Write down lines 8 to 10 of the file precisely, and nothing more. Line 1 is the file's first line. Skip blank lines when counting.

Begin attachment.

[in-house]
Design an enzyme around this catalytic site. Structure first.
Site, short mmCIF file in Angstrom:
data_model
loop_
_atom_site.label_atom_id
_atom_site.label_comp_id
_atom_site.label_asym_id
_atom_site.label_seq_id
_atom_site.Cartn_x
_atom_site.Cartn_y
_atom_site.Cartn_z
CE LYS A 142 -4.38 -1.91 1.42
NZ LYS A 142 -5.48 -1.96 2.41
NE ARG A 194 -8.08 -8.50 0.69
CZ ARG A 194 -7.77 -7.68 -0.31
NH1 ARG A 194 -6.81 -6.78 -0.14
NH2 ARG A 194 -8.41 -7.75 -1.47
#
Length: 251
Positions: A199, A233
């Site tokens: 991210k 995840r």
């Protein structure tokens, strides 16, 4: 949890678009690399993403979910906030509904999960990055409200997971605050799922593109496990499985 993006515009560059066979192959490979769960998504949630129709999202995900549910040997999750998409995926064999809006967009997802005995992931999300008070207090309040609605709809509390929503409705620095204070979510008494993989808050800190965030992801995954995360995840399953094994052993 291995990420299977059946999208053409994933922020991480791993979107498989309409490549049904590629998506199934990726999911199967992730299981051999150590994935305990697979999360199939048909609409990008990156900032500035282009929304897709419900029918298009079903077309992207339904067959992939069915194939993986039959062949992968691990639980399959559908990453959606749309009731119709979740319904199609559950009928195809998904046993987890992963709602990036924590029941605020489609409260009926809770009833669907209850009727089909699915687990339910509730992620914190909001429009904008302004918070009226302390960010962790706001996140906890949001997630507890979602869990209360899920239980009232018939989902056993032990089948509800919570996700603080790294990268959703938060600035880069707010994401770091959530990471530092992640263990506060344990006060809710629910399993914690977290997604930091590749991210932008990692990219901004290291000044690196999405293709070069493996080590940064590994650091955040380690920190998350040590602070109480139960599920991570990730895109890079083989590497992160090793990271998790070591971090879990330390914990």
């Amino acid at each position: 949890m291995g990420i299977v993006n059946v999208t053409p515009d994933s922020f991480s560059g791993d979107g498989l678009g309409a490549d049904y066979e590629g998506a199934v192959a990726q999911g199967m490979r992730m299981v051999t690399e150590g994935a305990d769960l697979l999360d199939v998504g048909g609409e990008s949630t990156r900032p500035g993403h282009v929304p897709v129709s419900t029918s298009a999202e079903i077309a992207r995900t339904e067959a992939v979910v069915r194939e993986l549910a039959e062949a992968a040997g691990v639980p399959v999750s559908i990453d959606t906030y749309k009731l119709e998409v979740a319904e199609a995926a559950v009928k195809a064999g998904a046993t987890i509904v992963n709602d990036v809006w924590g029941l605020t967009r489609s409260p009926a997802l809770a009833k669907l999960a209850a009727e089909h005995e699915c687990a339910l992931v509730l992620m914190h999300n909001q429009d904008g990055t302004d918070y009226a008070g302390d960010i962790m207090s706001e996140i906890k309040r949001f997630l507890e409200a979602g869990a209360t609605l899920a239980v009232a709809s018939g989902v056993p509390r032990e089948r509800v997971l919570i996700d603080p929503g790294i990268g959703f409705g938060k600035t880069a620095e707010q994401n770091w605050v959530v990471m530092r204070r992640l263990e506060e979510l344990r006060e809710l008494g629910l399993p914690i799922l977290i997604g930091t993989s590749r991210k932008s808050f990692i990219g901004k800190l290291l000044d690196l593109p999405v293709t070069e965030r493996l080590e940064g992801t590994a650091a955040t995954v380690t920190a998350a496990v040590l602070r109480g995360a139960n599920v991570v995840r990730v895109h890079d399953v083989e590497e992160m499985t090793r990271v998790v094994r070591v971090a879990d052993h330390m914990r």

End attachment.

_atom_site.label_asym_id
_atom_site.label_seq_id
_atom_site.Cartn_x